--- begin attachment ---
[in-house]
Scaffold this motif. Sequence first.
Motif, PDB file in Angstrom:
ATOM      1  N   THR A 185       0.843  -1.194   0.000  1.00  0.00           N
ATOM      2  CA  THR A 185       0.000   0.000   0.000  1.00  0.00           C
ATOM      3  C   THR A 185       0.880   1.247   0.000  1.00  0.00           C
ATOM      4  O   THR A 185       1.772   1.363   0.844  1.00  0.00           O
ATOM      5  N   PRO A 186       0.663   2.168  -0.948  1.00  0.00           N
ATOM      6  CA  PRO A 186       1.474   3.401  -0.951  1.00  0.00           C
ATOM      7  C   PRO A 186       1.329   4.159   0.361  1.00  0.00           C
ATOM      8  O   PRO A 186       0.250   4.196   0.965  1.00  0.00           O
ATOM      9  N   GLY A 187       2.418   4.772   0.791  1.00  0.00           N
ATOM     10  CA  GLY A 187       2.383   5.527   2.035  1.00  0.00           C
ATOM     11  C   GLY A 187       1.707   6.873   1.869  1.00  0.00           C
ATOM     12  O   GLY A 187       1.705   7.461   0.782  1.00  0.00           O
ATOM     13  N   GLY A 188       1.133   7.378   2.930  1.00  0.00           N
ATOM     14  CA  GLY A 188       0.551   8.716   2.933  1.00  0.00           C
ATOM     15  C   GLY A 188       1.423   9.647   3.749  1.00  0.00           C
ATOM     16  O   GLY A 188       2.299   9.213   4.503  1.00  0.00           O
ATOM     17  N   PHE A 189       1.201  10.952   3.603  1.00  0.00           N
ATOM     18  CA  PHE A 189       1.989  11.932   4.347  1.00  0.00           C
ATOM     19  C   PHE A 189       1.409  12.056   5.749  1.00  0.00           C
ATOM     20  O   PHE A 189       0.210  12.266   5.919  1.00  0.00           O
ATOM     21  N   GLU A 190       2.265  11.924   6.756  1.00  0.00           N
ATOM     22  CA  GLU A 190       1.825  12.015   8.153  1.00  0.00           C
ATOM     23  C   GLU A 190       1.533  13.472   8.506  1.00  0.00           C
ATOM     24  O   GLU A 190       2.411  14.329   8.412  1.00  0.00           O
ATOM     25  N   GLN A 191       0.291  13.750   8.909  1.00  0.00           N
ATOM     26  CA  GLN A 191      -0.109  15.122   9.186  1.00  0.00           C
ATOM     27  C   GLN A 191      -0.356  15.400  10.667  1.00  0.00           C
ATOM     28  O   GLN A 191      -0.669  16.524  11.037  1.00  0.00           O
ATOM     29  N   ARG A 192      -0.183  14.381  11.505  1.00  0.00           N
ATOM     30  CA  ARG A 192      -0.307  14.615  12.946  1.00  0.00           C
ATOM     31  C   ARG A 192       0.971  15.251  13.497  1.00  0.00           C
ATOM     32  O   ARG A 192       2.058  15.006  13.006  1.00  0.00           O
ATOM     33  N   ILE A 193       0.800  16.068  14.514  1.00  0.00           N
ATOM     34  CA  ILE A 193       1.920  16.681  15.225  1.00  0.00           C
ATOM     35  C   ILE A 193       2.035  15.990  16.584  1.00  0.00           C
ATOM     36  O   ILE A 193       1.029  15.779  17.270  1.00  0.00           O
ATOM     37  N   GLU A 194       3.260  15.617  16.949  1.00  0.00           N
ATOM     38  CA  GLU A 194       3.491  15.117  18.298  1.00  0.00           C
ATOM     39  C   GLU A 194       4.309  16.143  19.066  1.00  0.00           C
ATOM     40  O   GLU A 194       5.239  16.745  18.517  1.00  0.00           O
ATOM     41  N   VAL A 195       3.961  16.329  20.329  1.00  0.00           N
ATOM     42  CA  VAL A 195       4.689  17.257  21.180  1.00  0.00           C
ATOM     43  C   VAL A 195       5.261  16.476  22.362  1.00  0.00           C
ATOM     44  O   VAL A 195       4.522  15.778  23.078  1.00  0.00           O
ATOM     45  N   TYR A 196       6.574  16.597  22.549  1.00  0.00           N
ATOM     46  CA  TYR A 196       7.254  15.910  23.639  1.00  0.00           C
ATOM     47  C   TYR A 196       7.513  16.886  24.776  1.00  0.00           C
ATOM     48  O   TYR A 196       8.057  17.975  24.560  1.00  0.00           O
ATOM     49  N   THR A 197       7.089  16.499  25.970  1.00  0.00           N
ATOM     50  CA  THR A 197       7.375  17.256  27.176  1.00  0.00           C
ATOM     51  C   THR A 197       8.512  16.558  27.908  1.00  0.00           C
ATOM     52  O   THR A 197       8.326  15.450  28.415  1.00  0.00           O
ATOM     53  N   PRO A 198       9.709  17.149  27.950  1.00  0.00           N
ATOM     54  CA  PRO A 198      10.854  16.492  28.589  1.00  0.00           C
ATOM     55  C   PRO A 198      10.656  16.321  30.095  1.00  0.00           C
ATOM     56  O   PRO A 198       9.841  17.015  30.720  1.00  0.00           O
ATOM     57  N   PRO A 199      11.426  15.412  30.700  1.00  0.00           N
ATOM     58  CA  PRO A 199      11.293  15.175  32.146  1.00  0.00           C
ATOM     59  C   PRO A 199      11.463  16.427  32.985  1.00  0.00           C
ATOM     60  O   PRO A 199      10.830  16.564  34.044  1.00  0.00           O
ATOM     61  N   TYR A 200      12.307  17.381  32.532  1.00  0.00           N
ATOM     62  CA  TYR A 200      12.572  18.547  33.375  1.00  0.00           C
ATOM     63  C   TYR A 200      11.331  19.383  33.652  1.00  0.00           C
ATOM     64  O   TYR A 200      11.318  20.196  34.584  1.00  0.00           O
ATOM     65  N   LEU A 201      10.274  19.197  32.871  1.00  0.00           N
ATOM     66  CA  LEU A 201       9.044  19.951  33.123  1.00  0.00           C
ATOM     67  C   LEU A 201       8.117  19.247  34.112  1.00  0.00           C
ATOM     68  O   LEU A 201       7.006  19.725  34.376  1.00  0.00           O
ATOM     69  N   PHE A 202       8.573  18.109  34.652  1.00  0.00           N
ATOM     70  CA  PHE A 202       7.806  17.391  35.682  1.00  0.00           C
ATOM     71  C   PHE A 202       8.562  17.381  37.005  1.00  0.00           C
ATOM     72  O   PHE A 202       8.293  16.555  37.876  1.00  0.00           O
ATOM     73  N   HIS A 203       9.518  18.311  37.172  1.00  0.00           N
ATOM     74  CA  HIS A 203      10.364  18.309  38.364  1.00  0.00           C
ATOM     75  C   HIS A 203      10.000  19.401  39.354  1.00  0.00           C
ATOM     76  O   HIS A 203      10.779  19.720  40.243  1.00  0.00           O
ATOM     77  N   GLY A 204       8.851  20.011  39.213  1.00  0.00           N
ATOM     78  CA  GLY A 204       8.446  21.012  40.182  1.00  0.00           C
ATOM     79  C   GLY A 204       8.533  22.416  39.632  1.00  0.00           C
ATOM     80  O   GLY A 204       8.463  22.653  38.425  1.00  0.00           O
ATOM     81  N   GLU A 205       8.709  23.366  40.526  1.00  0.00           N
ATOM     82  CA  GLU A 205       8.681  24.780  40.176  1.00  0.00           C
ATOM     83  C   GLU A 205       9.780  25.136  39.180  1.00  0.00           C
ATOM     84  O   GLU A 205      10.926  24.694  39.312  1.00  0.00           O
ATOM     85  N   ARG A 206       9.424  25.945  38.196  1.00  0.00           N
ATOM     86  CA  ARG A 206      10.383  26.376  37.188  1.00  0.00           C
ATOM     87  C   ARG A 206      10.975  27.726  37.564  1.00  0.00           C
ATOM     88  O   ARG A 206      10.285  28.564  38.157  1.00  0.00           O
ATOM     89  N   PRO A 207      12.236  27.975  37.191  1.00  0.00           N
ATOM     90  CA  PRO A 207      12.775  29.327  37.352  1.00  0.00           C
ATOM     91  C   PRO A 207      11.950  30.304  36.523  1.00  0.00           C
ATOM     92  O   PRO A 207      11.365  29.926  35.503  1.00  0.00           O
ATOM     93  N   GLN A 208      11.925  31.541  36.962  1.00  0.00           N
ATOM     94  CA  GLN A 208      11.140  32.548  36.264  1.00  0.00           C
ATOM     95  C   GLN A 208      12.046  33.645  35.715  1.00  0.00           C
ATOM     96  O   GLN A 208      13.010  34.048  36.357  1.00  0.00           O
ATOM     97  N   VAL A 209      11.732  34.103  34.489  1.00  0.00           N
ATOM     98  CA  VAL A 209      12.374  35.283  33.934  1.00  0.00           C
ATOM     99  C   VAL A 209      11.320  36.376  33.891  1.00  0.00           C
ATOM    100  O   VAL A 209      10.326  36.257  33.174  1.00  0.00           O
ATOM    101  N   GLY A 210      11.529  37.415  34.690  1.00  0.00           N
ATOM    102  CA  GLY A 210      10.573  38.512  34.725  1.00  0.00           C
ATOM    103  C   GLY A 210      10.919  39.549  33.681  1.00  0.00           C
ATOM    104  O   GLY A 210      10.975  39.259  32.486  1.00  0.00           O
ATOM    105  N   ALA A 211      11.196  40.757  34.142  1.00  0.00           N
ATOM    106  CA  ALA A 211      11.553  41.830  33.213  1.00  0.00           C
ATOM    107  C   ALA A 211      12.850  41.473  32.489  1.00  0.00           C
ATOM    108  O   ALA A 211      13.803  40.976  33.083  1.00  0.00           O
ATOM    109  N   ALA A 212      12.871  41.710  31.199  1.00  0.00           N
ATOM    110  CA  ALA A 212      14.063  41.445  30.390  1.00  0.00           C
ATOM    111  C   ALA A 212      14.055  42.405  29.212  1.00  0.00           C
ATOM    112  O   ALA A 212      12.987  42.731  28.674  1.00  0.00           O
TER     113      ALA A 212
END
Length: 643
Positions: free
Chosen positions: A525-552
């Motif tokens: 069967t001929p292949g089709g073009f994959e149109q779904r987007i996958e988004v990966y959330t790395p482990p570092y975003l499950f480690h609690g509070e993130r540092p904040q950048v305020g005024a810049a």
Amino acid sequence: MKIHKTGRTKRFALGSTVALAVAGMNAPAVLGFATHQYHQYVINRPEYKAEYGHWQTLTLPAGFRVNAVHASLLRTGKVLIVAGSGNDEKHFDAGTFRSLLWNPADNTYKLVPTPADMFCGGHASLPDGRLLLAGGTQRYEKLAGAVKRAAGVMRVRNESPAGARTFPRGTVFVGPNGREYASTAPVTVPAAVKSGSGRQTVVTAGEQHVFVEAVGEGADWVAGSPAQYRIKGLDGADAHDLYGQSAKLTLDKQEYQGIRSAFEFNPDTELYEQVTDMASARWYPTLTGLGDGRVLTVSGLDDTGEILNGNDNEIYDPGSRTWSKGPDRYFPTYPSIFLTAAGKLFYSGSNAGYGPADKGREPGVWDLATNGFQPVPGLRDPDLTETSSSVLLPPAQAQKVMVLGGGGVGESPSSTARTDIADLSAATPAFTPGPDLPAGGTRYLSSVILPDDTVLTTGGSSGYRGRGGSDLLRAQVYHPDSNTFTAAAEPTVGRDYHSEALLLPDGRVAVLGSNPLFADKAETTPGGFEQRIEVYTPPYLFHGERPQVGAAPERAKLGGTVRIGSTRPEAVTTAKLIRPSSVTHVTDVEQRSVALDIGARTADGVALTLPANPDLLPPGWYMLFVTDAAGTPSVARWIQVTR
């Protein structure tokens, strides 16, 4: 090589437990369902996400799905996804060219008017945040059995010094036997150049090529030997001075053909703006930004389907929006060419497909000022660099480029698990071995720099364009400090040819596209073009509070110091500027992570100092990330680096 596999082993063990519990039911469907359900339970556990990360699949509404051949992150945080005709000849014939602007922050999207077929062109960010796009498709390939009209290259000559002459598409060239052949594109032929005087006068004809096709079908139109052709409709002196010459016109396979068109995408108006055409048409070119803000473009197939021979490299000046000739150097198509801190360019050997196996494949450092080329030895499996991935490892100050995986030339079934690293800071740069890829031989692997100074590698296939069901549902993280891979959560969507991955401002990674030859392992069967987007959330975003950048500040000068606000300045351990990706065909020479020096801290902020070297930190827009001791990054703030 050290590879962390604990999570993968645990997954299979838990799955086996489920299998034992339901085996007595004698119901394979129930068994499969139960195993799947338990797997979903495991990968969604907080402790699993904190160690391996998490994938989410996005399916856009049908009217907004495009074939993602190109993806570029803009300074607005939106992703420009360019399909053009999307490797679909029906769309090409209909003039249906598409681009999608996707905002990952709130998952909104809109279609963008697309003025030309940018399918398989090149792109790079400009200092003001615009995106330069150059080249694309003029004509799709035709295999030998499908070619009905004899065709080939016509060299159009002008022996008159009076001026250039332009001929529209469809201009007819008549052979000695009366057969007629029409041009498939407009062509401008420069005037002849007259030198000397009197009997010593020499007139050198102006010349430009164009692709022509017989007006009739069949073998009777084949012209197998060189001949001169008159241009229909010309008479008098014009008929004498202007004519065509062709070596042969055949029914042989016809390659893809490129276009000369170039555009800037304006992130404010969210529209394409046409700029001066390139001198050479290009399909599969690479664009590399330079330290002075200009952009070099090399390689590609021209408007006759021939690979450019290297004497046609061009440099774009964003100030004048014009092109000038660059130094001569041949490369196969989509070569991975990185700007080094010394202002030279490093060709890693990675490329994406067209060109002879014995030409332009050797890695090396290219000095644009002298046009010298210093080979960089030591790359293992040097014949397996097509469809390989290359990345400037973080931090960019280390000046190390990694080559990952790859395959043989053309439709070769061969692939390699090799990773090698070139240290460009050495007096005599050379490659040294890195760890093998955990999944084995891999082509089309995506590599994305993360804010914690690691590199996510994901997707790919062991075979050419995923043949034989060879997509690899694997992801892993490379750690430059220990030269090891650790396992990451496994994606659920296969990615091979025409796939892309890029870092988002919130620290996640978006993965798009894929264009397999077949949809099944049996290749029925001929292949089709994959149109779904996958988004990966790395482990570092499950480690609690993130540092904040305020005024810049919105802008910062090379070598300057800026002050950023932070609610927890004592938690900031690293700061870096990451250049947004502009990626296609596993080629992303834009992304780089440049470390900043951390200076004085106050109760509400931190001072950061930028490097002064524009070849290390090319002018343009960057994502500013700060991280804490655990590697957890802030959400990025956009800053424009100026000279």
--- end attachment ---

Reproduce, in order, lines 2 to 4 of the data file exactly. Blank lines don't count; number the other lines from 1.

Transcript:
Scaffold this motif. Sequence first.
Motif, PDB file in Angstrom:
ATOM      1  N   THR A 185       0.843  -1.194   0.000  1.00  0.00           N